(a) knows or by the exercise of reasonable care would discover the condition, and should realize that it involves an unreasonable risk of harm to such invitees, andRogers v. Martin, 63 N.E.3d 316, 322 (Ind. 2016). Thus, while a landowner's duty to an invitee includes a duty to exercise reasonable care to protect the invitee from foreseeable dangers on the premises, there is no duty to ensure an invitee's safety while on the premises. Booher v. Sheeram, LLC, 937 N.E.2d 392, 395 (Ind. Ct. App. 2010). Because an invitor is not the insurer of the invitee's safety, before liability may be imposed on the invitor it must have actual or constructive knowledge of the danger. Carmichael v. Kroger Co., 654 N.E.2d 1188, 1191 (Ind. Ct. App. 1995).
(b) should expect that they will not discover or realize the danger, or will fail to protect themselves against it, and
(c) fails to exercise reasonable care to protect them against the danger.
Isaac has not identified any evidence that would demonstrate Wal-Mart or its employees had actual knowledge of the puddle. Therefore, Isaac's case rises and falls on whether Wal-Mart had constructive knowledge of the hazardous condition. To establish constructive knowledge, a plaintiff must show a "condition [which] has existed for such a length of time and under such circumstances that it would have been discovered in time to have prevented injury if the storekeeper, his agents or employees had used ordinary care." Austin v. Walgreen Co., 885 F.3d 1085, 1088 (7th Cir. 2018). While there is no bright line for determining how much time demonstrates a lack of ordinary care, periods of less than fifteen minutes have generally been held to be insufficient. See Robinson v. Kroger, 2014 WL 3405874, at *4 (S.D. Ind. 2014) (finding no issue of fact on constructive knowledge where foreign substance that caused plaintiff's fall was found to be present less than ten minutes); Williams v. Meijer, Inc., 2013 WL 3146981, at *3 (S.D. Ind. 2013) (finding no issue of fact on constructive knowledge where area of slip-and-fall had been inspected seven to twelve minutes before the plaintiff's fall).
Despite Issac's lack of personal knowledge, the Court finds that the designated evidence raises genuine issues of fact regarding the length of time the clear liquid was present on the ground in the area of Isaac's fall. At 30:10 and 36:45 of the video, two women exhibit conduct that indicates the presence of something on the ground in the subject area. Both appear to have issues with their footwear, and both inspect the ground for an extended period. The Court cannot say for certain that either woman stepped in or is inspecting the clear liquid that caused Isaac's fall, but all reasonable inferences must be drawn in favor of Isaac. Bellaver, 200 F.3d at 491-92. The Court finds it reasonable to infer that three individuals (Isaac and the other two women) experiencing footwear issues in the same area were reacting to the same condition.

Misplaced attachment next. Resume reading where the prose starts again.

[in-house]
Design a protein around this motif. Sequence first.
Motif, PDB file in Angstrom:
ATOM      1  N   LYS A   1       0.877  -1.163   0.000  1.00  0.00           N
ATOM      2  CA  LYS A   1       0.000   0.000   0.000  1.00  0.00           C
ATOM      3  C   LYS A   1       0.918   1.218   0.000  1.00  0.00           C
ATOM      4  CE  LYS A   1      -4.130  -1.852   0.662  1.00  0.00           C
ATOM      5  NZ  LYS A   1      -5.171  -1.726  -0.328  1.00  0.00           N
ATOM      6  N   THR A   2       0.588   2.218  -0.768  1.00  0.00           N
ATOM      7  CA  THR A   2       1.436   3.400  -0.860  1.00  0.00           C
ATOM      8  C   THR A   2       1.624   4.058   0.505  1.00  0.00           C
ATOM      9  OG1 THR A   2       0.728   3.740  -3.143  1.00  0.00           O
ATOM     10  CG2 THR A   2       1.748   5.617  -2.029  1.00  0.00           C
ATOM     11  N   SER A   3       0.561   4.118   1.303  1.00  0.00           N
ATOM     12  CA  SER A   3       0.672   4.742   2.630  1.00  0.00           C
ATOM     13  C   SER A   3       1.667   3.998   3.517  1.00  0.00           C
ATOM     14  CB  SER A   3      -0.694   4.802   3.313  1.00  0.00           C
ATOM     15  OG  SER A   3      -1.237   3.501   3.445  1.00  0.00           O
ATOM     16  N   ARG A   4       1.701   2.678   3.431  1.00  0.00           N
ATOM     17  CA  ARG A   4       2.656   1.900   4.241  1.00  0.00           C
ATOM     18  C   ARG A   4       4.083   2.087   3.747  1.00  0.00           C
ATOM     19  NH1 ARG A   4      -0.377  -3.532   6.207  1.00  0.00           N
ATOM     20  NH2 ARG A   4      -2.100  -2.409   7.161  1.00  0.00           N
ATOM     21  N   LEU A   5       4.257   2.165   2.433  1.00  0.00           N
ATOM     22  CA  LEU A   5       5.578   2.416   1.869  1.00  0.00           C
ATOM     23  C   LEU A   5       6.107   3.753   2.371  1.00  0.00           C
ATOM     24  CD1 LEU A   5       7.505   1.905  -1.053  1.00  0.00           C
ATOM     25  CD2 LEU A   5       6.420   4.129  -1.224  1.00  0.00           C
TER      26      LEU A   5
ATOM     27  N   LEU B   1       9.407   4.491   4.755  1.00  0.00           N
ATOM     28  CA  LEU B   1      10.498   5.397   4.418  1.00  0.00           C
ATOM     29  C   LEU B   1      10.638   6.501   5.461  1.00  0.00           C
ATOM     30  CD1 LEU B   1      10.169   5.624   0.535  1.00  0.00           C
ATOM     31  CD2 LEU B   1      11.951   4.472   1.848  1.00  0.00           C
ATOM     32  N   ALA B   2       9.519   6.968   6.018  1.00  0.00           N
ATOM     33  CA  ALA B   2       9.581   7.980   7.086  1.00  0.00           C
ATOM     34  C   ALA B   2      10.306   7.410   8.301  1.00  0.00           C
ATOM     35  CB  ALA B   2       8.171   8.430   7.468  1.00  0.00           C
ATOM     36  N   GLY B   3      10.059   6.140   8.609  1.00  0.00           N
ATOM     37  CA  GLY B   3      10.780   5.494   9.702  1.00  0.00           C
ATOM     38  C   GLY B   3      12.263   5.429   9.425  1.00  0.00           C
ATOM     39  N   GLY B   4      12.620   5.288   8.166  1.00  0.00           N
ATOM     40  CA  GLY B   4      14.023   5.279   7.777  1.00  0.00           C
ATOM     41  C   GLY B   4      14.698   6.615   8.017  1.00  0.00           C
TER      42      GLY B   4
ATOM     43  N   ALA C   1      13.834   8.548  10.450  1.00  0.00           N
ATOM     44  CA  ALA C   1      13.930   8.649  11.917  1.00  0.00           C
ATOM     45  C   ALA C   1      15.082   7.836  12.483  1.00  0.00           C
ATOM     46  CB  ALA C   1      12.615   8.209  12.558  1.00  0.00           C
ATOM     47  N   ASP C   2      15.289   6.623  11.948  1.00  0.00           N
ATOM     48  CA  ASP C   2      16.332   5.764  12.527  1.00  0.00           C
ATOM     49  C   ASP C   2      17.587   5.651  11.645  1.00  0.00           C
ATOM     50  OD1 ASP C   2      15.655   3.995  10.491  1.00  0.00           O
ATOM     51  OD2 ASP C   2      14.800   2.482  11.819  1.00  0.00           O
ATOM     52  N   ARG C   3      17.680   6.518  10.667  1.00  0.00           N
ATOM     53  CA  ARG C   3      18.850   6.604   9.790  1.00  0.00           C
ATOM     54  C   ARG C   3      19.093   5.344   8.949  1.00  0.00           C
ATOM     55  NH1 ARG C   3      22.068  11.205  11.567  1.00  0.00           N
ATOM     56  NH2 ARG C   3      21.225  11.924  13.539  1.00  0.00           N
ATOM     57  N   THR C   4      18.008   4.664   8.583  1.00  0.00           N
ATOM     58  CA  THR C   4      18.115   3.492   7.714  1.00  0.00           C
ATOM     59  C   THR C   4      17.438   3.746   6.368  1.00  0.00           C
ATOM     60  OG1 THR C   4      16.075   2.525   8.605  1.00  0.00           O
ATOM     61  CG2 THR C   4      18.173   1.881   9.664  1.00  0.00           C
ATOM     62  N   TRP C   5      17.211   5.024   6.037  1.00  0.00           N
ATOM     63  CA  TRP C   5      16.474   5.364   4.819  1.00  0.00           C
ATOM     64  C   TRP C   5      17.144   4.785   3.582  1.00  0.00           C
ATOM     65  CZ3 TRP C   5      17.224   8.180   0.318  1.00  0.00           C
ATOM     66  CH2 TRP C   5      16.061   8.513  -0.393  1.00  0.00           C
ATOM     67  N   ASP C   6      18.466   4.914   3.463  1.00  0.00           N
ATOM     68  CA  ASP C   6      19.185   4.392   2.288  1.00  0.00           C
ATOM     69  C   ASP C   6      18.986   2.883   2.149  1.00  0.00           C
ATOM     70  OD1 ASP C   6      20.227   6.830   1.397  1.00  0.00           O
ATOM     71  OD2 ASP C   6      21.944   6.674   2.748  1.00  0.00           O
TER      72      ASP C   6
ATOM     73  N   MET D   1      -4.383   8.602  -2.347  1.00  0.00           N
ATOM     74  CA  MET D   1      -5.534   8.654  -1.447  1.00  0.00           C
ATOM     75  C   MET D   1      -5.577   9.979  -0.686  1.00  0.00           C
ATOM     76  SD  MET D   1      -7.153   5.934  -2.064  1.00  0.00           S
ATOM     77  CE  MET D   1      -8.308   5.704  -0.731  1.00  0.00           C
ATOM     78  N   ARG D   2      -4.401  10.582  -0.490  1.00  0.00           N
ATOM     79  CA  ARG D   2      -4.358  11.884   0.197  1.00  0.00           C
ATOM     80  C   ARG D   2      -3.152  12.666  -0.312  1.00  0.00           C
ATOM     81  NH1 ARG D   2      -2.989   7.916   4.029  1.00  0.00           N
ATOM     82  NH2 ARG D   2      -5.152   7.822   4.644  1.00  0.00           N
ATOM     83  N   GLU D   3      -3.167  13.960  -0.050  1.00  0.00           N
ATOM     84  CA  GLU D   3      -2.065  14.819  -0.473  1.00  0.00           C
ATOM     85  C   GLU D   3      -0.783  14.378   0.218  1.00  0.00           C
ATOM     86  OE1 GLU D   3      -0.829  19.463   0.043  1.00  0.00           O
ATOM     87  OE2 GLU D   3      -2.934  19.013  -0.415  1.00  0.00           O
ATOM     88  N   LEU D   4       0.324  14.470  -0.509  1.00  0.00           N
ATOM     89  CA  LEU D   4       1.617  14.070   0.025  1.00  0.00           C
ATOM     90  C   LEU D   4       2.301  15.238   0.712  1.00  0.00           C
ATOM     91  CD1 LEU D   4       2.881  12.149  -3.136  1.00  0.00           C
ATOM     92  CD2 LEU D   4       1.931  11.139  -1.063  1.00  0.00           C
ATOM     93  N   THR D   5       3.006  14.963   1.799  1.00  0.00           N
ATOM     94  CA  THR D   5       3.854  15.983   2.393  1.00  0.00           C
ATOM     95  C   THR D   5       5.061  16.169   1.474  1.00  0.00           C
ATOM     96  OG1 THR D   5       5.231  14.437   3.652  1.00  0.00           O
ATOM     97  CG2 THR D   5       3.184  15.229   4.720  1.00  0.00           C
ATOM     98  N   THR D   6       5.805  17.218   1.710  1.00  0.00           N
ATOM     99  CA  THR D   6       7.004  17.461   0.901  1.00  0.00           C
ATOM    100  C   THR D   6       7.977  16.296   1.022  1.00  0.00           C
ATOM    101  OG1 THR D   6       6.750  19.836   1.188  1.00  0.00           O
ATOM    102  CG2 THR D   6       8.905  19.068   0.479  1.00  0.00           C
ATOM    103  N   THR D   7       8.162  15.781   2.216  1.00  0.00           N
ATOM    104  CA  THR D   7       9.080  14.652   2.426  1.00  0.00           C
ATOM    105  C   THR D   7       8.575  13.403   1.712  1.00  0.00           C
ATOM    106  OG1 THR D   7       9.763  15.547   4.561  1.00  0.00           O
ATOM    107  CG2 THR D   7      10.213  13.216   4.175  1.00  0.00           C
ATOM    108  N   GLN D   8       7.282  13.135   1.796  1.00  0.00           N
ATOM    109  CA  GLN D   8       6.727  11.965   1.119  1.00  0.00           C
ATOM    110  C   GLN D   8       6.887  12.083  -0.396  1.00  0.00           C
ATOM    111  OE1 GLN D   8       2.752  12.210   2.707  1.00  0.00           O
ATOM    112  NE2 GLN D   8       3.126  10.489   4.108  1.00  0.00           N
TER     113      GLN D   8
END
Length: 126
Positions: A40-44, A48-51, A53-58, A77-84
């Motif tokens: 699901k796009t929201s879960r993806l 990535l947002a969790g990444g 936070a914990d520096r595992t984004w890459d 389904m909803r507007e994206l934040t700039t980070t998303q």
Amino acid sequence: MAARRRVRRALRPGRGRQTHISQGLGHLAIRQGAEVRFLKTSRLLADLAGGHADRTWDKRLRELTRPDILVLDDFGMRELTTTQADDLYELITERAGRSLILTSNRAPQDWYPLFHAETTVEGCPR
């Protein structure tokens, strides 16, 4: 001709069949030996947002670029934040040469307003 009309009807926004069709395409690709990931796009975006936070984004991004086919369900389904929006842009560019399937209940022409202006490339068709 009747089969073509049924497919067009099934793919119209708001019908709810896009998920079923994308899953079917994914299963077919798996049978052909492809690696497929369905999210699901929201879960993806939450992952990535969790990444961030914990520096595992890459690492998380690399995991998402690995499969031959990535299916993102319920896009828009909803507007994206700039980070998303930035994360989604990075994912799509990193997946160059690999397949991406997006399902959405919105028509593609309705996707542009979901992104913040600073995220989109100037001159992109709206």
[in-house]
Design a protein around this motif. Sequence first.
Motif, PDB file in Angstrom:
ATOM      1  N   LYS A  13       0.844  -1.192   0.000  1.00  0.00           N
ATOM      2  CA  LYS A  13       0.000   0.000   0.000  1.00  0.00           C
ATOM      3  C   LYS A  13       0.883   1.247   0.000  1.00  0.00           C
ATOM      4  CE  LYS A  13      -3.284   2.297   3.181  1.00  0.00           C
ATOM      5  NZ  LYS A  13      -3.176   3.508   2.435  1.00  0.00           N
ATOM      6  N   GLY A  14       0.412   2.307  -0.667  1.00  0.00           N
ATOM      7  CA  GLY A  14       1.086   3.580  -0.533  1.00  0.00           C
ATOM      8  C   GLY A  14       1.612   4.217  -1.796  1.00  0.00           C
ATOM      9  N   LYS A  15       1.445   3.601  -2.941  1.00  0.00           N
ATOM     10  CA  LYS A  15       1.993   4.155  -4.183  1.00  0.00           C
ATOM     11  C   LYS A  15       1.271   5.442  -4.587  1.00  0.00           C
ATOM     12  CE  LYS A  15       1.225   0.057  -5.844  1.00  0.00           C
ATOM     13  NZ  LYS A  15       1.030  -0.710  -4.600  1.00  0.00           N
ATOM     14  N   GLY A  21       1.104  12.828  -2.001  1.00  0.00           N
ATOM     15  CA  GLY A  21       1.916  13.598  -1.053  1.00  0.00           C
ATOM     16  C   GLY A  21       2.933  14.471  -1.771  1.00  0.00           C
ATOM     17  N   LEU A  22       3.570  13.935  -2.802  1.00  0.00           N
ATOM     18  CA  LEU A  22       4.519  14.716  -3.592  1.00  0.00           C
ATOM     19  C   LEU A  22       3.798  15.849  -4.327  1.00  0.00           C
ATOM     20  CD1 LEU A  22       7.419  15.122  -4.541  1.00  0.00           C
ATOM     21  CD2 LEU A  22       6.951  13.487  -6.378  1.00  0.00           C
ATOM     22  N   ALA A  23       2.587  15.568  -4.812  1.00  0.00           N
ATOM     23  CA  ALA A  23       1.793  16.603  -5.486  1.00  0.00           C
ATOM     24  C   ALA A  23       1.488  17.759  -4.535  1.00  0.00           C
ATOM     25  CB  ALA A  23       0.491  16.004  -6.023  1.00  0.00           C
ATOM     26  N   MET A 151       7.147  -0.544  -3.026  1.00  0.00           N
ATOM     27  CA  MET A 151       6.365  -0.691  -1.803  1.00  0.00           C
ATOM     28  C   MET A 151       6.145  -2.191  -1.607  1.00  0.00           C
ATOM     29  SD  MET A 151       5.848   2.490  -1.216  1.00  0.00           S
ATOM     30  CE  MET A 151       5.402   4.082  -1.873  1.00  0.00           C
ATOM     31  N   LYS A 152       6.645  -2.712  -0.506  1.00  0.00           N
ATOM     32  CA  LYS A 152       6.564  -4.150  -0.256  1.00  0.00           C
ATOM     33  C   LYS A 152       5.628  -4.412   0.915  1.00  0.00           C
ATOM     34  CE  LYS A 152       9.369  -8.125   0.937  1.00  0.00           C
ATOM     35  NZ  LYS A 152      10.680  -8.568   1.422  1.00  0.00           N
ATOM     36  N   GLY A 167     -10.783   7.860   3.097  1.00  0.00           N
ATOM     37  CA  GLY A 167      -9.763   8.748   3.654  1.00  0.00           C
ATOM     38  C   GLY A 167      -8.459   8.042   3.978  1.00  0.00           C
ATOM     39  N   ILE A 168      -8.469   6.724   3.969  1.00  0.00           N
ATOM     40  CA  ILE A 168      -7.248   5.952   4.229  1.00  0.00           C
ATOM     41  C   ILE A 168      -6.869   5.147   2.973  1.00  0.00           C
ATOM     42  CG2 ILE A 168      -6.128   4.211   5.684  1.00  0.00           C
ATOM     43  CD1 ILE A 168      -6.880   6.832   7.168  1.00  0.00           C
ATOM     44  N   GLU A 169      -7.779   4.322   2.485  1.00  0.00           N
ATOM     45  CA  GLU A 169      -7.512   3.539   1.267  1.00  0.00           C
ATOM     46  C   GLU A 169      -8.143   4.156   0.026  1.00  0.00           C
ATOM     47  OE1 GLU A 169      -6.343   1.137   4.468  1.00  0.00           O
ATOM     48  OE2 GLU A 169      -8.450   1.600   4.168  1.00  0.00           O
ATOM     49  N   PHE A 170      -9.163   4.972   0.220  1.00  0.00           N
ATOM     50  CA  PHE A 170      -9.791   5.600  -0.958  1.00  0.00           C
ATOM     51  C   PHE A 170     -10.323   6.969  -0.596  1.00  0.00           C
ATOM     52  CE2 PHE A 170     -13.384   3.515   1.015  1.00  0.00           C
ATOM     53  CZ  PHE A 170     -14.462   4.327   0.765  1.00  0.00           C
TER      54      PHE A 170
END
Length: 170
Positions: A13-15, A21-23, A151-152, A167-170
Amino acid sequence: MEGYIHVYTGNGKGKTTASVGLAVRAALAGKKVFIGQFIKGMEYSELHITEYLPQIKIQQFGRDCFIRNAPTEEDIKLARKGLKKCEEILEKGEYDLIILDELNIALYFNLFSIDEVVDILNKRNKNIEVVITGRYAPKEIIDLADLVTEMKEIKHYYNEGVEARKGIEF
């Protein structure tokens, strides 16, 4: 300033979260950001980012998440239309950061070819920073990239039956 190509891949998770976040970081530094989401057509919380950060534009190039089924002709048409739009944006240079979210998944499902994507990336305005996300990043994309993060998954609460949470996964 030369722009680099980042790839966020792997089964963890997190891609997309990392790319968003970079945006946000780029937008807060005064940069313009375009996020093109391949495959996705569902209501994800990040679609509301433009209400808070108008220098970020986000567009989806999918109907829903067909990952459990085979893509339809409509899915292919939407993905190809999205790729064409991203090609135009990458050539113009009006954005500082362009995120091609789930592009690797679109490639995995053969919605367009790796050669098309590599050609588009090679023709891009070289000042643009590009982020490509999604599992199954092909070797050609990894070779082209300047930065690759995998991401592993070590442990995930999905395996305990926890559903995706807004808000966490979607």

Wal-Mart attempts to avoid this conclusion by describing any attempt to draw conclusions from the actions of other customers as "speculation or conjecture." (ECF No. 28 at 4). The Court disagrees. The case Wal-Mart relies upon, Abioye v. Sundstrand Corp., 164 F.3d 364 (7th Cir. 1998), is inapposite. The exact quote from that employment discrimination case is "conjecture or speculation regarding the employer's motives cannot be used to defeat a summary judgment motion." Id. at 368. This is not a discrimination case, nor is the Court being asked to determine the motivations of an employer in making an employment decision. Abioye adds nothing to the analysis.
More to the point, what Wal-Mart calls speculation and conjecture is little more than proof of a fact, or a series of facts, that tends to show that some other fact is true: i.e., circumstantial evidence. See Seventh Circuit Pattern Jury Instructions (Civil), Instruction 1.12. Here, a jury could conclude, from proof that a woman lost her flip-flop and then she and her male companion spent several seconds looking at the floor, that there was some condition on the floor that they were inspecting. Similarly, a jury could conclude, from proof that a different woman stared at the floor before appearing to rub something from the bottom of her shoe, that she had stepped in a puddle or some other substance in that area. While Wal-Mart would appear to require Isaac to produce direct evidence of the puddle, like a photo or witness testimony, the law draws no distinction between the weight to be given to either direct or circumstantial evidence, and it is well-established that circumstantial evidence can create genuine issues of fact that preclude the entry of summary judgment. Id.; Lublin Corp. v. United States, 98 Fed. Cl. 53, 59 (2011).
Given the evidence in the record, a jury could reasonably conclude that the puddle was created anywhere from thirty to thirty-five minutes prior to Isaac's fall; the period between the woman dropping her wallet and the woman losing her shoe. That amount of time takes this case out of the range where constructive knowledge can be determined as a matter of law, and into the area where the exercise of reasonable care is a jury question. See, e.g., Tyrell v. Sears, Roebuck & Co., 392 F.2d 868, 870 (7th Cir. 1968). Wal-Mart's Motion for Summary Judgment must be denied.
For the foregoing reasons, the Court DENIES Wal-Mart's Motion for Summary Judgment (ECF No. 20) and its Motion to Strike Portions of Affidavit of Teresa Isaac (ECF No. 29).
SO ORDERED on February 12, 2020.
s/ Holly A. Brady
JUDGE HOLLY A. BRADY
UNITED STATES DISTRICT COURT
(ECF No. 21-2 at 3).